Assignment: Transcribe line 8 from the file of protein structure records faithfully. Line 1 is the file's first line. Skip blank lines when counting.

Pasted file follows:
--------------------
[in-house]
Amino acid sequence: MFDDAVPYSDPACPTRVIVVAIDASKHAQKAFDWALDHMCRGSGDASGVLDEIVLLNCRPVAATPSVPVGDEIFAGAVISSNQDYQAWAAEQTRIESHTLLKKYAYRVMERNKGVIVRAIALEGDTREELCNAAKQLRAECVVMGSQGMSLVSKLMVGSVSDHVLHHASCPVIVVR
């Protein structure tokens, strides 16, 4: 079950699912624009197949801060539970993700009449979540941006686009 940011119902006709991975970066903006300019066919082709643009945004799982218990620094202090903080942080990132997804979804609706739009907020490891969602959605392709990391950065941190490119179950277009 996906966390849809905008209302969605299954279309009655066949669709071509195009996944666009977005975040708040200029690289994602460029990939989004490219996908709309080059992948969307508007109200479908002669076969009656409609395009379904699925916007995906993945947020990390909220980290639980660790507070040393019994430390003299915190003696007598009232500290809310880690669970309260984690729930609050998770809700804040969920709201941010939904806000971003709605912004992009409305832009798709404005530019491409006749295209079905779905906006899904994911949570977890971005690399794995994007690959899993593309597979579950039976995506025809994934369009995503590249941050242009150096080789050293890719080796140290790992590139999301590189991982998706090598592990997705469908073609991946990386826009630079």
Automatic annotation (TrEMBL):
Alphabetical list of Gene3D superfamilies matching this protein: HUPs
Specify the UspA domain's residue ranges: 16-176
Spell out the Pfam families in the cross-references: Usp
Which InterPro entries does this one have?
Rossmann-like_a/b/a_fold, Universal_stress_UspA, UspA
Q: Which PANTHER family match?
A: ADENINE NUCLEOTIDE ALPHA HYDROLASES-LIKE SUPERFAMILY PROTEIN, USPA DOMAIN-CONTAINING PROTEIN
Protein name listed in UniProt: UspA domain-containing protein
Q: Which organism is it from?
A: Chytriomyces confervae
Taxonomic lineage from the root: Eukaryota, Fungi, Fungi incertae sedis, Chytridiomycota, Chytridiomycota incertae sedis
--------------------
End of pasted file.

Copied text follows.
Which InterPro entries does this one have?